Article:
Management of Chest Trauma in Bangladesh Perspective: Experience of a Decade
Background: Thoracic trauma is one of the leading causes of morbidity and mortality in developing countries. In this study, we present our 10-year experience in the management and clinical outcome of 437 chest trauma cases as a result of blunt and penetrating injuries in two medical college hospitals of Bangladesh.
Methods: We reviewed 437 cases of chest trauma between January 2006 and December 2015.The mean age of our patients was 33 ± 15 years mostly males with blunt injuries. Patients were evaluated and compared according to age, sex, etiology of trauma, thoracic and extra-thoracic injuries, complications, and mortality.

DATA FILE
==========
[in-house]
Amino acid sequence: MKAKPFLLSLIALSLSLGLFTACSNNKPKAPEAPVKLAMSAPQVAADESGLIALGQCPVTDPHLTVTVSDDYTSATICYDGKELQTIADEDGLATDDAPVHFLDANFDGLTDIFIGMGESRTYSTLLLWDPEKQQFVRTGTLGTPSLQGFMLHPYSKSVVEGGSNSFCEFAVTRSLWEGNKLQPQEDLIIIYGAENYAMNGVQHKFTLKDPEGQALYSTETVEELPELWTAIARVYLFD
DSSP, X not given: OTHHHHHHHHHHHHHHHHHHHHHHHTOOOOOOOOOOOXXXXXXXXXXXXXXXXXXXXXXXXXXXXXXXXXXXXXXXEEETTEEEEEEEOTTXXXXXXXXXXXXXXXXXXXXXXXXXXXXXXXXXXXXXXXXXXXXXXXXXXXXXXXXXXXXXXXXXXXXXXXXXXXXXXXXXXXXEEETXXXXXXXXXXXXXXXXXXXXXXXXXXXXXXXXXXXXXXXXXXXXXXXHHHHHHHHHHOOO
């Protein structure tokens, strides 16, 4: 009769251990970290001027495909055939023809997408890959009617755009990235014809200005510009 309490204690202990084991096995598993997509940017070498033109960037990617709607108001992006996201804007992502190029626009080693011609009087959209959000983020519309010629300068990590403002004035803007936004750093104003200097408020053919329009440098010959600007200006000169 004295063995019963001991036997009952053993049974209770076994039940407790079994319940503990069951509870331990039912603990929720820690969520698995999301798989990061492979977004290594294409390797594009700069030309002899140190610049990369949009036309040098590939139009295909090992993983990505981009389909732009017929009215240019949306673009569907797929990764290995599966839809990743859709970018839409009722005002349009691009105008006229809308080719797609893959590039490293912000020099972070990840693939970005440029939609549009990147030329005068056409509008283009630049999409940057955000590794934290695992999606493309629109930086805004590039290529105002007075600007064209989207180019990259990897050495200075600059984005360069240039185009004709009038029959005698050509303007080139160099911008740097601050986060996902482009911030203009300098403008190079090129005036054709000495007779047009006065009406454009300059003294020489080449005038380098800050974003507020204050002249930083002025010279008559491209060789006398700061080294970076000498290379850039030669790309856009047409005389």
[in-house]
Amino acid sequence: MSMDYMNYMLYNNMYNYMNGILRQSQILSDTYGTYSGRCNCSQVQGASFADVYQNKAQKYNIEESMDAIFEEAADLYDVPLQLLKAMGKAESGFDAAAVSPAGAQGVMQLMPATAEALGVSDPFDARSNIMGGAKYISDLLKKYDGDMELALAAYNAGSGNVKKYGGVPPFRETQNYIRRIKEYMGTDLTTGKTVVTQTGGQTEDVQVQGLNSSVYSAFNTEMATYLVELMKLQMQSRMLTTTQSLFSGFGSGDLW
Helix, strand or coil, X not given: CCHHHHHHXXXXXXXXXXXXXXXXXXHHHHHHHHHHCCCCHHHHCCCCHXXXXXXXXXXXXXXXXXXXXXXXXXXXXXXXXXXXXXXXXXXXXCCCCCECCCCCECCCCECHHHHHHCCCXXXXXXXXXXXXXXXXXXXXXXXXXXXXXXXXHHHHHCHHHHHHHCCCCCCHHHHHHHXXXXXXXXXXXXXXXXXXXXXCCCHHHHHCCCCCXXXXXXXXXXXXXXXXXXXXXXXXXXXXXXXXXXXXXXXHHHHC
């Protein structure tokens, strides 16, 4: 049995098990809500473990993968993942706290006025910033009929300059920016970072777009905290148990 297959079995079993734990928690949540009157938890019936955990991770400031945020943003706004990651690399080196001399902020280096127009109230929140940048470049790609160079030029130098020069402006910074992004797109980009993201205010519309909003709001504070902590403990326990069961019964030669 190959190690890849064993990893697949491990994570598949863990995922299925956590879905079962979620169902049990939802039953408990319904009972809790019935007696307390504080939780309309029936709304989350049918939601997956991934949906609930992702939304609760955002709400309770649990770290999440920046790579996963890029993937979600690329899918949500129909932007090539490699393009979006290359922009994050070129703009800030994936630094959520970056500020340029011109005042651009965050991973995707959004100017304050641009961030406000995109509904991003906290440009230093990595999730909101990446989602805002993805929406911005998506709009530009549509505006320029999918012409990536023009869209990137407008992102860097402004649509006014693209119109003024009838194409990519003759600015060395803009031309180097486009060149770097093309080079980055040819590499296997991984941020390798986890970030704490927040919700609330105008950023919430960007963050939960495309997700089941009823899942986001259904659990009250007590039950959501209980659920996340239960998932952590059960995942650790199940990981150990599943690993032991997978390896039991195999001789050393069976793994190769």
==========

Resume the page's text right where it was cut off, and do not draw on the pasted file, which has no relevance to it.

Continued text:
Results: The leading cause of the trauma was road traffic accident (61%) followed by violence (23%). Hemothorax (62%), Pneumothorax (51%), rib fractures (38%), and lung contusion (35%) were the most common types of injury. Associated injuries were documented in 35% of patients (extremities 18%, abdomen 12%, head 5%). Minority of the patients required thoracotomy (6%), and tube thoracostomy (56%) was sufficient to manage the majority of cases. Mean hospital stay was 5.5 ± 4.8 days. The overall mortality rate was 3.6%.
Conclusion: Road traffic accident was the most common cause of chest trauma rather than violence in this series, this necessitates epidemiologic or multi-institutional studies to know what are the causes of RTA contributes to chest trauma in Bangladesh. The number of fractured ribs can be used as simple indicator of the severity of trauma.
Cardiovasc. j. 2019; 12(1): 3-8